Regulators weighing in: Social media IR relevance moved a giant step closed in July ’08, when the SEC recognition of corporate web content as public disclosure avenues (click here) .  Here also  is one of the better blog posts on that by brian solis.  SEC guidance on the use of Company Websites (Aug 08) is also available, a 41-page report; this addressed 1) when information posted on a company web site is “public” for purposes of Regulation FD, and 2) company information liability. Keeping pace with rapidly changing tools, transparency and regulation clearly presents a large challenge for PR/AR/IR company professionals. Even while companies might find roles for social networks, blogs and digital communities, traditional outlets remain as well as the underlying responsibility for companies to share data consistently and in compliance with regulators and standards.

So… Who’s Doing What? What Can Be Learned from the Pioneers? 

A snapshot of several big brands and how they are engaging on the investor relations front, as well as a research tracking site for a larger picture.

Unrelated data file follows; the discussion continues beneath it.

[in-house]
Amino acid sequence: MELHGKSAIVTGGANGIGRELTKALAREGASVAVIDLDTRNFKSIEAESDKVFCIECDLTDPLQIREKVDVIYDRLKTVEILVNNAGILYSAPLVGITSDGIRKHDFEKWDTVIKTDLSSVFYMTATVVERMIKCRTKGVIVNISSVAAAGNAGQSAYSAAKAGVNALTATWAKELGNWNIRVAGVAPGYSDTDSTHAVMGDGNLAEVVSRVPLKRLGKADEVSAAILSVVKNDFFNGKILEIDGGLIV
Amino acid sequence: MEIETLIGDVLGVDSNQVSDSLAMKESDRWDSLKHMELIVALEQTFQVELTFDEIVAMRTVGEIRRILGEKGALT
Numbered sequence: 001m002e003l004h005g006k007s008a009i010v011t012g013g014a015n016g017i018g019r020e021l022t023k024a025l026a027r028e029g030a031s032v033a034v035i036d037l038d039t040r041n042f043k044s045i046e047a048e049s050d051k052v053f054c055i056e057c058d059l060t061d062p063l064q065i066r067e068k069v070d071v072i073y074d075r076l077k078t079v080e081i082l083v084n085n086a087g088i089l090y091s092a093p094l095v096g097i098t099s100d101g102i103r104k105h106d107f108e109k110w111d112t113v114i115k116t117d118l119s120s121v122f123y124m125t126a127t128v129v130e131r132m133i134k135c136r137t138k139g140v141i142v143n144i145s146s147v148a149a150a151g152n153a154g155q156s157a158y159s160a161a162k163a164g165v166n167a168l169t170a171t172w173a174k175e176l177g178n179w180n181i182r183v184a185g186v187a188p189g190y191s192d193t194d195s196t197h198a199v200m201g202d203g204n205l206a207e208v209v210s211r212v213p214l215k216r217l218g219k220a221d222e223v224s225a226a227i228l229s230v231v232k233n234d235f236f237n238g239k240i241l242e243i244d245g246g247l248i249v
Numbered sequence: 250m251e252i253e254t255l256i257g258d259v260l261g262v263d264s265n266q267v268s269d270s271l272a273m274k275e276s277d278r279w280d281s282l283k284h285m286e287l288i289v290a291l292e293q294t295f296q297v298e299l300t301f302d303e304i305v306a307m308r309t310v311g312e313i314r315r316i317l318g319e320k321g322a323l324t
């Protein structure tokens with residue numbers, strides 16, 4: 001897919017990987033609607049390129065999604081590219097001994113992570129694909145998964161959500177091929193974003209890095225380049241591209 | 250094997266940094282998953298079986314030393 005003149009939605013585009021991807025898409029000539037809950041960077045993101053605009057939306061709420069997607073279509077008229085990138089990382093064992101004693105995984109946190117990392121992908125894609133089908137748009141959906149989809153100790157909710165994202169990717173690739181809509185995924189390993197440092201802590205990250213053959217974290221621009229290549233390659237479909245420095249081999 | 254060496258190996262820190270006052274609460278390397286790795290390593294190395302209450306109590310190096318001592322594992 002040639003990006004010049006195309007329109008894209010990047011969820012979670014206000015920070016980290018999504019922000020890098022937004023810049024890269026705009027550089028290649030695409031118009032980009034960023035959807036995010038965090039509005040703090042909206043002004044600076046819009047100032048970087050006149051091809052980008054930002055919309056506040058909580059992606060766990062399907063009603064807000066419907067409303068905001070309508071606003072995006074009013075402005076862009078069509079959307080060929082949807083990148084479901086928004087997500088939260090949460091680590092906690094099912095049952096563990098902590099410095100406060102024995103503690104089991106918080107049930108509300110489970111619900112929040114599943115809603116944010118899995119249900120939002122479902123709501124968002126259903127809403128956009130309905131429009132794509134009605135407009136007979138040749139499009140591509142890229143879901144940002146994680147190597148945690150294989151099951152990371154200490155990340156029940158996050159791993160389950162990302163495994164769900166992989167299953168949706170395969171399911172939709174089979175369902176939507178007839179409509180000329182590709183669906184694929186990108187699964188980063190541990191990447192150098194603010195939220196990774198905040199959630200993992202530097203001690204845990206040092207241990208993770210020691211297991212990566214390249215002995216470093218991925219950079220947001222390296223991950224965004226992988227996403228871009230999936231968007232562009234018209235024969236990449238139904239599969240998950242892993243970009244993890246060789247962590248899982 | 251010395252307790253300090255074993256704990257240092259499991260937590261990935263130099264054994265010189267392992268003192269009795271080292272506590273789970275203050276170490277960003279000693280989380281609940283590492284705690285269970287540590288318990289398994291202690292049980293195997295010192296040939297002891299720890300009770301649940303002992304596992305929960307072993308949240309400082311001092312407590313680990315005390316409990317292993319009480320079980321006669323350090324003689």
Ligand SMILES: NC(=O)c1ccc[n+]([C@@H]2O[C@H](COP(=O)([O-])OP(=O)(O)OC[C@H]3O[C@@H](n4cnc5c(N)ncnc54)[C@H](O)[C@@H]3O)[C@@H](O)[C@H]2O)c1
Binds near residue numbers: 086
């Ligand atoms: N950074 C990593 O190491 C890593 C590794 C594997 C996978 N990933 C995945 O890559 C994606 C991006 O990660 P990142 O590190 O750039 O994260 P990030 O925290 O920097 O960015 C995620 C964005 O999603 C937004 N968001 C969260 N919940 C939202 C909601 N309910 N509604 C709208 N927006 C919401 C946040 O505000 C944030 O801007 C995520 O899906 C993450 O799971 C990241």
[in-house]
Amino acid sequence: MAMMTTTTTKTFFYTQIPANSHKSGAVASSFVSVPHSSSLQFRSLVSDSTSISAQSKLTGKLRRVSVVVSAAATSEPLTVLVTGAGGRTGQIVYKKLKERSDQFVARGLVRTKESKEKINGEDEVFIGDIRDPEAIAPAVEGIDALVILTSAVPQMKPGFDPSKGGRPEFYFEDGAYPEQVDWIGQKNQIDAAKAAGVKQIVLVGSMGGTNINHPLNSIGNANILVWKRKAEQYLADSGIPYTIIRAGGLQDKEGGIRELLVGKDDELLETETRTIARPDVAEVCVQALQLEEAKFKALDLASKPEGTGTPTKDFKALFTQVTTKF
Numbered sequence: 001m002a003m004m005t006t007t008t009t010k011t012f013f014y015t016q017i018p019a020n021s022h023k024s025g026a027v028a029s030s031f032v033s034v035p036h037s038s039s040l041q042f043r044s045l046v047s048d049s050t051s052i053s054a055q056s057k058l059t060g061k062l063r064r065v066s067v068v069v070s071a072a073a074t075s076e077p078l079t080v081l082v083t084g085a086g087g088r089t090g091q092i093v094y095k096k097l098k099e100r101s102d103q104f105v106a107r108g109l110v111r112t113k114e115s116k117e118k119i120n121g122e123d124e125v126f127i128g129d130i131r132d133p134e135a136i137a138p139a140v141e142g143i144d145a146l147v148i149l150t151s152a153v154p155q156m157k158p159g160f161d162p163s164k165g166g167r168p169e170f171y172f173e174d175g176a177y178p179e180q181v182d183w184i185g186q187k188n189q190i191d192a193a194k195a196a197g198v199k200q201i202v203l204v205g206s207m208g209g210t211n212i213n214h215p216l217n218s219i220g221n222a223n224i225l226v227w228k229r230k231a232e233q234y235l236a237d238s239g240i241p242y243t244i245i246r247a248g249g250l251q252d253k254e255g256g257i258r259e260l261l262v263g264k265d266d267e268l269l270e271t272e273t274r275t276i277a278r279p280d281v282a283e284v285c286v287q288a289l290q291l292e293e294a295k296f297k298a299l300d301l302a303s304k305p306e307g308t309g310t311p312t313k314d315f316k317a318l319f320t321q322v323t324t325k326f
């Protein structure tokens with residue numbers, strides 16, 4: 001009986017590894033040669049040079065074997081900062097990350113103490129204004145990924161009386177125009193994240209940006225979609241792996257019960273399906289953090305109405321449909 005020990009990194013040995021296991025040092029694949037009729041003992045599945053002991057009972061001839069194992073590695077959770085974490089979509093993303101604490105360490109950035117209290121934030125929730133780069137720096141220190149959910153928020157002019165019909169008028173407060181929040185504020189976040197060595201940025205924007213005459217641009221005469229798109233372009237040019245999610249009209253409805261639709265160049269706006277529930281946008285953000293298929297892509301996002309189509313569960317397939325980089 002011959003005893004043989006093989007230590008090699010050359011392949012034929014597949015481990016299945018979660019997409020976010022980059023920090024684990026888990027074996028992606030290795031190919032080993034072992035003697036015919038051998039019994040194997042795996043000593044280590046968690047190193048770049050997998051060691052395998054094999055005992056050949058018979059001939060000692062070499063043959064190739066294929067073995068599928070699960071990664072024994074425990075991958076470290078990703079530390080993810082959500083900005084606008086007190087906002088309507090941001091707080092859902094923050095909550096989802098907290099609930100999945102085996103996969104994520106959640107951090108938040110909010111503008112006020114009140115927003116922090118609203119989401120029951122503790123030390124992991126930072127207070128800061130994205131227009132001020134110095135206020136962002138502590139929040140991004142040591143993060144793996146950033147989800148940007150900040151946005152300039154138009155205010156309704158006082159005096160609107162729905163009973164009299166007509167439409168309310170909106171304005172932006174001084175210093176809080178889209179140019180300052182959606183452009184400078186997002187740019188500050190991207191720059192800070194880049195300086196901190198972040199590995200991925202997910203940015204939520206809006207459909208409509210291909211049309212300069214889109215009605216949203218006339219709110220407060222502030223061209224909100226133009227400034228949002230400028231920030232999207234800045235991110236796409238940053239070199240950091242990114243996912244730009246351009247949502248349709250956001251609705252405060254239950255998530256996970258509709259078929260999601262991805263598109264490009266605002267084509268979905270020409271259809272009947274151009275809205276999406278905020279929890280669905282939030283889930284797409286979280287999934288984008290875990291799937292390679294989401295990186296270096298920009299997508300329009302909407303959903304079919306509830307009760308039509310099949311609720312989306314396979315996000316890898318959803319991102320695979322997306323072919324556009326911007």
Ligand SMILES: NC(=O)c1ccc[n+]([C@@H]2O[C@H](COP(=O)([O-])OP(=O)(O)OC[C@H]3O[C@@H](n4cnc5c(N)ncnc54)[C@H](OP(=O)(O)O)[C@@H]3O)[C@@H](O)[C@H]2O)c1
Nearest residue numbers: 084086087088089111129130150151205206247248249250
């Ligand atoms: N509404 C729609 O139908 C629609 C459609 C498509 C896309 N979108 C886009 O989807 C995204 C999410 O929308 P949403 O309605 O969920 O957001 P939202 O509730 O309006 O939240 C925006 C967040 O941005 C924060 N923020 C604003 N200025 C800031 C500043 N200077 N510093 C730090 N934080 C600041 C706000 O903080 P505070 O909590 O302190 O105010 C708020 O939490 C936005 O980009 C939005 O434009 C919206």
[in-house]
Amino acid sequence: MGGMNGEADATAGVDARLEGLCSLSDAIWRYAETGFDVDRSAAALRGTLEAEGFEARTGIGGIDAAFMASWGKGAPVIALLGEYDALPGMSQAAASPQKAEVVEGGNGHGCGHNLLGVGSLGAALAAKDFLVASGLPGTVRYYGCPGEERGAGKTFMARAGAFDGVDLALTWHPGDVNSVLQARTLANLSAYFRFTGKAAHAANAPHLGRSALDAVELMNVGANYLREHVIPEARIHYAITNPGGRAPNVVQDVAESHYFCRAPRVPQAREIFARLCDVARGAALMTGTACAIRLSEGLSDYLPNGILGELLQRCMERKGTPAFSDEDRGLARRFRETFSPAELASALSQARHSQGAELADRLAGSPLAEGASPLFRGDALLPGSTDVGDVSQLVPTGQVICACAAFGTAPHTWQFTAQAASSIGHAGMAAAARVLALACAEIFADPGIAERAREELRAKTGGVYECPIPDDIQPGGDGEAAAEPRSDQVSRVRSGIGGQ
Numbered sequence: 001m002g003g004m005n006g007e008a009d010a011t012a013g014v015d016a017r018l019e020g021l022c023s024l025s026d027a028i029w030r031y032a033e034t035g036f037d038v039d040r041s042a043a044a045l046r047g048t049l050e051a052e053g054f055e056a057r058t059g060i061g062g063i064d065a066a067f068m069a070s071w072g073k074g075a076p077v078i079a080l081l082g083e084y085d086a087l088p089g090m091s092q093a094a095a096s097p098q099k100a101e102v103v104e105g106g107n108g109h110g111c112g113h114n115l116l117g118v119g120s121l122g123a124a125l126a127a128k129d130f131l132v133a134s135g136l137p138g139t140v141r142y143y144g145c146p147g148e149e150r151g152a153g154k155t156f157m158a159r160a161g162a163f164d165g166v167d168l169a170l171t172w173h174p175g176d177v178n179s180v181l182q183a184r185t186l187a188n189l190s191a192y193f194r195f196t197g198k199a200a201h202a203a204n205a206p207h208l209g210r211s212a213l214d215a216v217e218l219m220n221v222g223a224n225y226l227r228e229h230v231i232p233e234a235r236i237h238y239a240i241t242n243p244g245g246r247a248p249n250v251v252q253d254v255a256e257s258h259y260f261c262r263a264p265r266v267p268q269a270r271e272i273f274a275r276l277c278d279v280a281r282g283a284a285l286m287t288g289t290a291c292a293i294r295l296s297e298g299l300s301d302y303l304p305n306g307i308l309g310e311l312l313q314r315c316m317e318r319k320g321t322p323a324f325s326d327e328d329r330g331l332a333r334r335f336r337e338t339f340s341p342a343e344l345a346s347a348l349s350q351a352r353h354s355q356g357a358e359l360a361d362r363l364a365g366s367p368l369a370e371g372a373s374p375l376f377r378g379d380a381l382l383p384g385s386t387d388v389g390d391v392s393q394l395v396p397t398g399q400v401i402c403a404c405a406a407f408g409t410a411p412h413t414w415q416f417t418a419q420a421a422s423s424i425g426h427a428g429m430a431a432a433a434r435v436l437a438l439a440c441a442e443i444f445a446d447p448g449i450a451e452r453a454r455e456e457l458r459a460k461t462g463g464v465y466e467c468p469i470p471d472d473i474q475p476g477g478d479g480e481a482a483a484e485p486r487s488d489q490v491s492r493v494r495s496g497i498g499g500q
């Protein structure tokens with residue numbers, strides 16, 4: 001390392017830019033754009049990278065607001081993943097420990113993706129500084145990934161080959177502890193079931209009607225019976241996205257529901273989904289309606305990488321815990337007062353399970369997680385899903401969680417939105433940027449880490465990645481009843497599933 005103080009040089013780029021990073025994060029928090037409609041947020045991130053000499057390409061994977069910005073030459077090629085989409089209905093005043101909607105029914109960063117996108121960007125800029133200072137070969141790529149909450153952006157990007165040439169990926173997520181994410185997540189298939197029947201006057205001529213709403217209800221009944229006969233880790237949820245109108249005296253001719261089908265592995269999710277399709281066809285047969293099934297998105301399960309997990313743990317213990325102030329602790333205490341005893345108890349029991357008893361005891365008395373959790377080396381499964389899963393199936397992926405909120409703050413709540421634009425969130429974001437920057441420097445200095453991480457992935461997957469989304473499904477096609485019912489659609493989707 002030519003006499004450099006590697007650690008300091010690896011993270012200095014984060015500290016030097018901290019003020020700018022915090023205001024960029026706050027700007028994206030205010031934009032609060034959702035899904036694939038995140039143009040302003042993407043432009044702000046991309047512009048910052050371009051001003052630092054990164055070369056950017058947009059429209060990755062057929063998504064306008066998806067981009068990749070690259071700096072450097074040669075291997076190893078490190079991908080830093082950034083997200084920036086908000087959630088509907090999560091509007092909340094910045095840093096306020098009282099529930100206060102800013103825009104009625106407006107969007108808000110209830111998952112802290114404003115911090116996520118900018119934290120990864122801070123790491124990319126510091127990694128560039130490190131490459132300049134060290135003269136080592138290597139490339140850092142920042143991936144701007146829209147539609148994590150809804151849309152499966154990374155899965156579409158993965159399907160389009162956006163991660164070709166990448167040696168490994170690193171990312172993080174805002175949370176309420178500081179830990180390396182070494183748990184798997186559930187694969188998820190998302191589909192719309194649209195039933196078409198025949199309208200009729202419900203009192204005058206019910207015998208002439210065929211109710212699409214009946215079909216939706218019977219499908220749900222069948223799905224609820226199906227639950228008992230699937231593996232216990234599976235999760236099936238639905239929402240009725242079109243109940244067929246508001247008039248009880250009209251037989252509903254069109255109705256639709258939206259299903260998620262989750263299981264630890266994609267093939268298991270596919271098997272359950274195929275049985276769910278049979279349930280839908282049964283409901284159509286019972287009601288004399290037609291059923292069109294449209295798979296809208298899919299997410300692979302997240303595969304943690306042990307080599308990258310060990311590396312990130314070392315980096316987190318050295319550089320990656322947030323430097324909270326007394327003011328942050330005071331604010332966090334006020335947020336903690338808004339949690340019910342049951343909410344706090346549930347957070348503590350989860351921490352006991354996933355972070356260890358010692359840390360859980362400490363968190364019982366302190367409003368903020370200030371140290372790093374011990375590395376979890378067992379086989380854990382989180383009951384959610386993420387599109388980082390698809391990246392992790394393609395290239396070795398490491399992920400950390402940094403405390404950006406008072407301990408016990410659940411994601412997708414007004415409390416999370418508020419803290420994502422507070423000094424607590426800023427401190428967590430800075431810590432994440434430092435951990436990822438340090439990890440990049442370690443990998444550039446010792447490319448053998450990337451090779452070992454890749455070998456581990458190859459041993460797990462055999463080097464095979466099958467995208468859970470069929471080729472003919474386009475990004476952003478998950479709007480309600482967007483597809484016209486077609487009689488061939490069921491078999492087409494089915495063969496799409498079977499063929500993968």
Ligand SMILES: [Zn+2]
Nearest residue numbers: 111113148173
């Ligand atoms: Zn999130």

@DellShares  A Dell blog specifically aimed at shareholder conversation and community. Sun Microsystems: Official Investor Communications

Sun has been a loud advocate, wonder if the Oracle buyout will cause a change in direction.  In the past, Sun has offered up a  Compilation of RSS investor feeds; access to events; earnings news releases; breaking news; SEC filings; blog.

eBay blogs on earnings  One of the most innovative approaches. eBay official corporate Twitter account, used in part for promoting earnings calls example from eBay, Friday 3/6/09 by eBay’s own “internal reporter”, Richard Brewer-Hay. During earnings calls, he tweeted live and is empowered to shape the brand while adding perspective and personality.

The Society for New Communications Research tracks 75+ Fortune 500 companies that use corporate blogs and over 20 that link to corporate Twitter accounts.

Some Observations

  •  The line is blurring between traditional IR communications channels and new media channels/web. 
  • Paying attention is good due diligence
  • Social media is not just about Twitter and Facebook. Consider: Seeking Alpha, Wikinvest, StockTwits, 1000s of financial blogs, and the countless emerging services sites
  • Risk of social media exists whether you participate or not
  • New media amplifies an individual’s voice, sometimes louder than the company’s voice.

What else are you thinking; what other experiences or observations do you have?

By the way:  this blog post is not intended to be, in any way, a substitute for specific legal advice, as legal counsel, or in any other way recommendation for company behavior.  The blog post is an evolving discussion around the topic of social media use.